The dead and the living

Do Police ID the dead using smartphone images

We need to trust The Police. Sooner or later you or I will need to call 999. When the emergency happens we want to believe The Police will engage with us, will help make the crisis manageable.

Emergencies are difficult. For everyone. Professional and non-professional. Everyone will be stressed, or distressed, emotional tension near to snapping.

Death of a family member is always traumatic. Even when expected. When not expected, the emotional chaos and difficulty of understanding, is acute.

Can you imagine being woken up at 5am, told by a Police Officer that your adult son is dead, then being asked to identify the body using a mobile phone image?

The senior Police Officer needed – so said the junior Police Officer – to be closing the case.

The case, you should know, being no more than a few hours open.

When I heard this account, I wondered: could it really be possible that the brutalisation of police procedure had reached such a level of insensitivity?

Could the distortions caused by digital communications and social media interactions, have removed the parameters of personal engagement so far that a Police Officer was blithely ignorant of how appalling this proposition was?

Because of this, I did a quick search of the World Wide Web – the encyclopaedia of world knowledge – finding a genuinely informed and informative document published by The Police, indeed, by The Police barely a few miles from my office in Dunstable. And equally near to where this incident happened.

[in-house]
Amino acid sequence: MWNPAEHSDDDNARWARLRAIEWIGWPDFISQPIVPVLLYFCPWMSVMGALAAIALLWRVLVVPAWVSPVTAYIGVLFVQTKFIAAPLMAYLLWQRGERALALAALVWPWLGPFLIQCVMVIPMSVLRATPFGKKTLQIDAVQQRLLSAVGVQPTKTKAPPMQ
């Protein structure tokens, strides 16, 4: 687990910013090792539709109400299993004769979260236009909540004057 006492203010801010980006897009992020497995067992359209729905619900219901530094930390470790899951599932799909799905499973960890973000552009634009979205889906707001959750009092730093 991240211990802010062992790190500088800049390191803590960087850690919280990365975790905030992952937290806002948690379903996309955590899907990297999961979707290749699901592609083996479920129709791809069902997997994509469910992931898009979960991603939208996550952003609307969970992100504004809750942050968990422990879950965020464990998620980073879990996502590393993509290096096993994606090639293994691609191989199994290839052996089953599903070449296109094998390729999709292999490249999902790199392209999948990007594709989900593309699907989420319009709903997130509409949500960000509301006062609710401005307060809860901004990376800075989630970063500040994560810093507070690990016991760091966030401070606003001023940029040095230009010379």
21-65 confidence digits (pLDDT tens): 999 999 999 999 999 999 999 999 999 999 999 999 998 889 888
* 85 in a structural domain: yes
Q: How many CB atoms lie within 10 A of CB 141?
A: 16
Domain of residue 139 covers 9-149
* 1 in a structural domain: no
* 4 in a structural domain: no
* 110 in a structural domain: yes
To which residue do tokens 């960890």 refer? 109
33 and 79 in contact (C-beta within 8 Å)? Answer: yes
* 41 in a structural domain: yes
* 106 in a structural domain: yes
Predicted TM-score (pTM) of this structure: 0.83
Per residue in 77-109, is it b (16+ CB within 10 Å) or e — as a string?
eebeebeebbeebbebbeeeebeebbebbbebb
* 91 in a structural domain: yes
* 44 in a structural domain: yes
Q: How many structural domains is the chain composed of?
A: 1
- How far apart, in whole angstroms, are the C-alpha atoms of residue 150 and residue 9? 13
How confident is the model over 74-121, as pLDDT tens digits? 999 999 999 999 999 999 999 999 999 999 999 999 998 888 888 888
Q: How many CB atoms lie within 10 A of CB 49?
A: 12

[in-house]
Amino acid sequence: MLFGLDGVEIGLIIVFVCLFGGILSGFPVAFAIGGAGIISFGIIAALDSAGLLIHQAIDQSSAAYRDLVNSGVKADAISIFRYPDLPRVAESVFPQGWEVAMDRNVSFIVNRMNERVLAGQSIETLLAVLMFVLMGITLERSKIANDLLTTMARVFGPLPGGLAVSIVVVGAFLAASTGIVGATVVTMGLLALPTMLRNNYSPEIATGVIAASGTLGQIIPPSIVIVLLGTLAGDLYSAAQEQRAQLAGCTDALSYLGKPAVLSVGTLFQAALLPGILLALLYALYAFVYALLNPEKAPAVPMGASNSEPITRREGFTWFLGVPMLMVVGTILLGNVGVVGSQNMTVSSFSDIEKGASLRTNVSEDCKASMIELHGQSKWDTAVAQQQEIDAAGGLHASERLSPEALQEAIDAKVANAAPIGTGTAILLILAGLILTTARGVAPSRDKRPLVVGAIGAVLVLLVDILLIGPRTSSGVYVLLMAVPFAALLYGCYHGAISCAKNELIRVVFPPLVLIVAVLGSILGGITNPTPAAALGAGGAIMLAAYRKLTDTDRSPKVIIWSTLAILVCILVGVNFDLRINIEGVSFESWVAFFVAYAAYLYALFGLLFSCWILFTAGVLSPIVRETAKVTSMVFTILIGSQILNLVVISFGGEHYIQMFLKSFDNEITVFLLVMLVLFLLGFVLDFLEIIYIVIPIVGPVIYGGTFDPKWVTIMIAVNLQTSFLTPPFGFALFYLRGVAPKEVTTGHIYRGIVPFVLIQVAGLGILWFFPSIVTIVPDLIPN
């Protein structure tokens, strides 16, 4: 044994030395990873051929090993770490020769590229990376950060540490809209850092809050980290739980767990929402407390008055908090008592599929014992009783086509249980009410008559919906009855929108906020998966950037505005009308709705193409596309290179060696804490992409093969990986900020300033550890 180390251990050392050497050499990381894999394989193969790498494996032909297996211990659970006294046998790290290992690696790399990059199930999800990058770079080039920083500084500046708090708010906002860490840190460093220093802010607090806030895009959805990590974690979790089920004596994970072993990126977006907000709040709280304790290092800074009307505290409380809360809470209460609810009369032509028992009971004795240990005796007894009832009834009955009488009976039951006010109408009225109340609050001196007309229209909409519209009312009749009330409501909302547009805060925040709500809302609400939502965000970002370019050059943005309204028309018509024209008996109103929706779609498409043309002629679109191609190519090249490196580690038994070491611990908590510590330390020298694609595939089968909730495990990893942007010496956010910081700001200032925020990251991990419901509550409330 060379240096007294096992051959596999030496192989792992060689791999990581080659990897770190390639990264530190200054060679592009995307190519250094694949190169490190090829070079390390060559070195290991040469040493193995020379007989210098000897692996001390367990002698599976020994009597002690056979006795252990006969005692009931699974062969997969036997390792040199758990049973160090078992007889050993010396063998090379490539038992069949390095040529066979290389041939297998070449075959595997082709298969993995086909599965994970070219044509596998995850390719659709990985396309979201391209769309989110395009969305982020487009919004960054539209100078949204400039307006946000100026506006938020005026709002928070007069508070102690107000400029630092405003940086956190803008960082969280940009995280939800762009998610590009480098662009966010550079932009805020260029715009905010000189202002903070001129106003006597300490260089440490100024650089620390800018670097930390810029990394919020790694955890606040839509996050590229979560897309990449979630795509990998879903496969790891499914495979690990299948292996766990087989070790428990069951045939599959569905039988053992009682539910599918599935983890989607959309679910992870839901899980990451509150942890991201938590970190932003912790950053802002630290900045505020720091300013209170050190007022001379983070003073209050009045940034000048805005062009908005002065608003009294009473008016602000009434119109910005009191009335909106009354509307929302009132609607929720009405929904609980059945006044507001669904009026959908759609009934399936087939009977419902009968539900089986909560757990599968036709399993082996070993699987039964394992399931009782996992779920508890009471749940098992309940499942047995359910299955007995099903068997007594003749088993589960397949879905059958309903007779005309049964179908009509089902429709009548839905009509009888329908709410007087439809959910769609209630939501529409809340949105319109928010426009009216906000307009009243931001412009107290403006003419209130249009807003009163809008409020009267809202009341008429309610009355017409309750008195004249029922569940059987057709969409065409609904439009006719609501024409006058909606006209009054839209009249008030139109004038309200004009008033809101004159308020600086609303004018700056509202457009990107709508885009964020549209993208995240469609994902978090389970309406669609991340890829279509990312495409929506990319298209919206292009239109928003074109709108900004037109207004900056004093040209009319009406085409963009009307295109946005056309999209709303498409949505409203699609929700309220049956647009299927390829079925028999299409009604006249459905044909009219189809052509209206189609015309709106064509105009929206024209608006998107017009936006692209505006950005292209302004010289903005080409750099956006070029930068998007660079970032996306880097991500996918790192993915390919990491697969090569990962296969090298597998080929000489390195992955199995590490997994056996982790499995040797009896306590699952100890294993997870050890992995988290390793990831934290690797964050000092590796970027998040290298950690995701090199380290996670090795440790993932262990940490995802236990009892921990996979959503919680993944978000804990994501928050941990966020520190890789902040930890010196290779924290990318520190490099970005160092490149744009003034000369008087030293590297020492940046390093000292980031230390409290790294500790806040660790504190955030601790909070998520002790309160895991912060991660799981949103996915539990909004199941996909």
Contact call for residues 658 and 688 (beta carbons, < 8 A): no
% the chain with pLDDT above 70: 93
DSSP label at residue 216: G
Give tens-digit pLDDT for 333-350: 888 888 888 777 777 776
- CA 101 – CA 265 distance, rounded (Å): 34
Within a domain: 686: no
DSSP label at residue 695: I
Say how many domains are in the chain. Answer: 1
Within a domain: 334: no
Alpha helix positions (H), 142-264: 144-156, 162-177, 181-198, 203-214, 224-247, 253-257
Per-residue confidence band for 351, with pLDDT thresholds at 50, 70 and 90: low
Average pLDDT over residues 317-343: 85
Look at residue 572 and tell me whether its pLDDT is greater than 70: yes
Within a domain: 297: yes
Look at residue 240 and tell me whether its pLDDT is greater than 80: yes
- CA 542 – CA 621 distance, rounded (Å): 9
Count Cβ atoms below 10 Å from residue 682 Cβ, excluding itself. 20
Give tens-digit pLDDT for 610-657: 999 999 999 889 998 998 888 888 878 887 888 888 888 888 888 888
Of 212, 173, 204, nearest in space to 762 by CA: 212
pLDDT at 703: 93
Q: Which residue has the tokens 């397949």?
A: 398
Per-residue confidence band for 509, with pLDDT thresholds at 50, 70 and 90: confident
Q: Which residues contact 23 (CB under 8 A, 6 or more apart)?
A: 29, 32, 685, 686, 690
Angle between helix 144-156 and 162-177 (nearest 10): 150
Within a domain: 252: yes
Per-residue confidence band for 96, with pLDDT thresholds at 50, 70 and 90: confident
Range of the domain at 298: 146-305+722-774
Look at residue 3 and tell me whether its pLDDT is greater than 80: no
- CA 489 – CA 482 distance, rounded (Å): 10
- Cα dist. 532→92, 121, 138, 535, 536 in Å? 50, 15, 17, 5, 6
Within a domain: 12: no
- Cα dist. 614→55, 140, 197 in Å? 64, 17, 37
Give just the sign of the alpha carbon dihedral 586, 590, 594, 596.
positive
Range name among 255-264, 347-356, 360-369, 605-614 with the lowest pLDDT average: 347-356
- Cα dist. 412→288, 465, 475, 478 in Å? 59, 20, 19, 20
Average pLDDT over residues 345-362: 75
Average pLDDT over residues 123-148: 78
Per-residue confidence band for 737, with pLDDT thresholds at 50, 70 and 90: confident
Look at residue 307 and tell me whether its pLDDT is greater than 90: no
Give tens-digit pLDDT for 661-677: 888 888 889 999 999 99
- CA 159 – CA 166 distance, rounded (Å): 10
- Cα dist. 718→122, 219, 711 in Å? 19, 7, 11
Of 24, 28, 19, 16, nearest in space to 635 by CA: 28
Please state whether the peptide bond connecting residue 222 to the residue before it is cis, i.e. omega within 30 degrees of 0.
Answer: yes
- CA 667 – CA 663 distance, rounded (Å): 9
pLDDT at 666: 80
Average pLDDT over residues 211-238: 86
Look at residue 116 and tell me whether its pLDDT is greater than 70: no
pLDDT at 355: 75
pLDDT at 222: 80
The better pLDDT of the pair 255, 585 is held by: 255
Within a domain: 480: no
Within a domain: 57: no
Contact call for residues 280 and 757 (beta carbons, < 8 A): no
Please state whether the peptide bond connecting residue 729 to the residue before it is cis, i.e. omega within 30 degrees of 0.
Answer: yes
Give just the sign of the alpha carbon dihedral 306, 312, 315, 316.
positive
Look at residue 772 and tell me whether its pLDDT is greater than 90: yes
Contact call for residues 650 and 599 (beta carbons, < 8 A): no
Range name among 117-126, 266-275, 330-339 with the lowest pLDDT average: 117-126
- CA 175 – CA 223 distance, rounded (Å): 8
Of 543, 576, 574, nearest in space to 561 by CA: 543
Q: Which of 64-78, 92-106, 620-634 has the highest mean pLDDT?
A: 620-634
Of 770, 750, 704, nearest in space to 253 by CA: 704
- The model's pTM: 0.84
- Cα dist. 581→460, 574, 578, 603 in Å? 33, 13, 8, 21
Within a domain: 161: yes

The National Policing Improvement Agency has an address at Wyboston Lakes in Bedfordshire. This being the case, I cannot help but ask what excuses could Bedfordshire Police have – of all Police Constabularies – for conducting themselves with such inexcusable lack of simple humanity?

The document I found is one of several that relate to Police Family Liaison Officers. Although I’m not certain, I think that Bedfordshire Police didn’t think that this death merited a specialist liaison officer – yet another failure in a saga of failures.

The guidance says at one point: “Sensitive and responsive management of viewing can be critical to the family grieving process and could be of long term benefit”. Spot on, surely.

Before this, it also says: “Families must be treated appropriately and professionally, with respect and consideration for their needs”. Again, spot on.

However, it would seem we’ve reached a new low as between the virtuous aims of those who educate and guide Bedfordshire Police, and those who, on the ground, perform day to day contact with the real world.

There is no effective legal remedy for such a striking lapse in conduct by Bedfordshire Police. Human Rights? Doubtful. PCC. Who is Kathryn Holloway? Civil Courts? Not worth it, almost certainly. Complaint? Maybe.

Who is accountable? Who can we trust?